I am so looking forward to summer break! When I’m not sleeping in or at the pool or the beach or driving my children around to various activities, you will find me on the couch with chocolate!
Wednesday, June 11, 2014
I used to ask people who were homeschooling why they did it. I couldn’t understand it. My husband and I are from the same small town, and the school system was pretty good. I couldn’t understand why people wouldn’t want that for their kids. I was younger and didn’t realize that all school systems weren’t like our town’s school system.
Fast forward a few years to a time where we have children who are school age and I am asking that question for a different reason. Why do you homeschool? Is it for religious reasons? Is it because it is easier for your schedule? Is it because the schools aren’t good where you are moving to? Is it because your child is having trouble in school? For each family who was asked that question, I received a different answer. This proves that choosing to homeschool is a very personal and individual decision. I am a firm believer in doing what works for your family and your children.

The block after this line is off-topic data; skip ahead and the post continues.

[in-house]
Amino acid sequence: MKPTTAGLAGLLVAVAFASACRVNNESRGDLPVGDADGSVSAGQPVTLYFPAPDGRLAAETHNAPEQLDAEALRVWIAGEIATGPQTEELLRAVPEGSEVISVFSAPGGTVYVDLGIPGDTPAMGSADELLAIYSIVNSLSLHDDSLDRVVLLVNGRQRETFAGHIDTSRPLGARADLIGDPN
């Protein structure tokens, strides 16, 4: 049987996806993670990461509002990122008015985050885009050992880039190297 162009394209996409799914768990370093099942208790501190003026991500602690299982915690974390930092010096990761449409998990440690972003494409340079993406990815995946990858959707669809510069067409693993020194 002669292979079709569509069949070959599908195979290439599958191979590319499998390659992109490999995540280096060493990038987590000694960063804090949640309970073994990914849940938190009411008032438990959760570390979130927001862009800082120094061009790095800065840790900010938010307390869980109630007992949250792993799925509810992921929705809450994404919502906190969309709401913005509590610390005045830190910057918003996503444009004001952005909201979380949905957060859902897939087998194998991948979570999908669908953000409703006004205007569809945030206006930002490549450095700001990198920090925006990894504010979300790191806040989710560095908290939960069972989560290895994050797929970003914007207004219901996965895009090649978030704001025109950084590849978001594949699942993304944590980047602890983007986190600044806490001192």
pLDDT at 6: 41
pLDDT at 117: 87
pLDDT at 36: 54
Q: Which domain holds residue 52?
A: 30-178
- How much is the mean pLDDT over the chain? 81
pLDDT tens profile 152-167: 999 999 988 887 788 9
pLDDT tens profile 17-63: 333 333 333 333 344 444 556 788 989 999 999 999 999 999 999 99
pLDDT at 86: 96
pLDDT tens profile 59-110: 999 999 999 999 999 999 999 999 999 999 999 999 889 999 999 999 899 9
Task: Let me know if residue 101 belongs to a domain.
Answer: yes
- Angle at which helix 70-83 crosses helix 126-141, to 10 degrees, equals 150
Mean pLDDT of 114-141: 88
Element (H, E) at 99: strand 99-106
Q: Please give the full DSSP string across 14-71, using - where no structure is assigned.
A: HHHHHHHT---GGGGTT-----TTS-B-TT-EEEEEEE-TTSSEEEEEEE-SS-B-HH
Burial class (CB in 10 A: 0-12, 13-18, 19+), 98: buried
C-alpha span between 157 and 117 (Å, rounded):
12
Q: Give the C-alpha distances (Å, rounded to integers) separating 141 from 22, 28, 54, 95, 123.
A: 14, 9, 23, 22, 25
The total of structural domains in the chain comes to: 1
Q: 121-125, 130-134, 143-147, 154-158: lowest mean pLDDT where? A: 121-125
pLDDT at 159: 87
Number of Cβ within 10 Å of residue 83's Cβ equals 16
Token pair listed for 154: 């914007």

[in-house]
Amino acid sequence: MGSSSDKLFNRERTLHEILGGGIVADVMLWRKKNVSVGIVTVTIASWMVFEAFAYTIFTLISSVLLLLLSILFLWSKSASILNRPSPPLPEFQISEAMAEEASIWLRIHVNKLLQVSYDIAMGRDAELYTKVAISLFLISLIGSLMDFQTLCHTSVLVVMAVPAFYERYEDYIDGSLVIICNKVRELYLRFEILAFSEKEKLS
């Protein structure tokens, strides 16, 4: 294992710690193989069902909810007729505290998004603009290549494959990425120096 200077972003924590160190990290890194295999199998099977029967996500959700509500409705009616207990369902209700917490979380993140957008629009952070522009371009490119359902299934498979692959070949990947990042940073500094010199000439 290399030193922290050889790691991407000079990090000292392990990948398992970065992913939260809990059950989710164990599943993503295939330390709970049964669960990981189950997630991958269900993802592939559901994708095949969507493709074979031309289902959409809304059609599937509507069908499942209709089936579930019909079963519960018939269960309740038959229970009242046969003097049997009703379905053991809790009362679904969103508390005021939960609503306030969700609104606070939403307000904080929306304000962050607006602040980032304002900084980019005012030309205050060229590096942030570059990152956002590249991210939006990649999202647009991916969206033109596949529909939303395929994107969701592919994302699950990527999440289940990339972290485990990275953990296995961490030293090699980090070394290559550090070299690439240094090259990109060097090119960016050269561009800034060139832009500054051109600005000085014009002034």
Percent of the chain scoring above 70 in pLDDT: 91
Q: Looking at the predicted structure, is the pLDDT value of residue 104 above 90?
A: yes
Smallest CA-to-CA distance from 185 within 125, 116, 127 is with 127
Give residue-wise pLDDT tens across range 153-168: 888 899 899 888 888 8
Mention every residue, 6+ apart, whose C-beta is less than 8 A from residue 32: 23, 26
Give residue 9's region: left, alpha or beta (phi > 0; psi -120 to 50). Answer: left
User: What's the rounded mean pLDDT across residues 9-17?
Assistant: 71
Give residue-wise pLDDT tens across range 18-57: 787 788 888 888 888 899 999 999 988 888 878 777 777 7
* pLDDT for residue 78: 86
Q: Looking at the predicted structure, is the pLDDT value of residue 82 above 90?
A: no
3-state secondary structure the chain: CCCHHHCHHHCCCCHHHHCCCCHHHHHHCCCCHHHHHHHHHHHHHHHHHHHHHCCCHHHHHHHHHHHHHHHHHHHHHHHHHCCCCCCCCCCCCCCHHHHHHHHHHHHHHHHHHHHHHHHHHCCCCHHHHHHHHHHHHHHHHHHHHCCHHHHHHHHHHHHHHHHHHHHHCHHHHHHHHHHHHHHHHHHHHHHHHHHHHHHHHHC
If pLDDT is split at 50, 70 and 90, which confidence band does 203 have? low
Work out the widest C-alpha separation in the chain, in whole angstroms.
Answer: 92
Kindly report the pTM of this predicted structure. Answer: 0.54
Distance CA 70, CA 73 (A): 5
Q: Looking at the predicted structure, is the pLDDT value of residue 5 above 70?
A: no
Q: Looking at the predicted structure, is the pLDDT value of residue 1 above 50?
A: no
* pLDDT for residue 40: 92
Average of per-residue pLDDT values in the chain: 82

As an Army family (retired now), we started S in a great school at Fort Rucker, AL. He was there for PreK-1st grade. We moved to California where my husband was stationed for 18 months. S attended public school for 2nd grade. Due to the number of issues we had with the school there (that will have to be its own post some day), we opted to homeschool him for the first half of 3rd grade until we moved again. We still had J attend the public school there because his experiences with the school were very positive. We moved to Virginia and have been here since (8 ½ years now).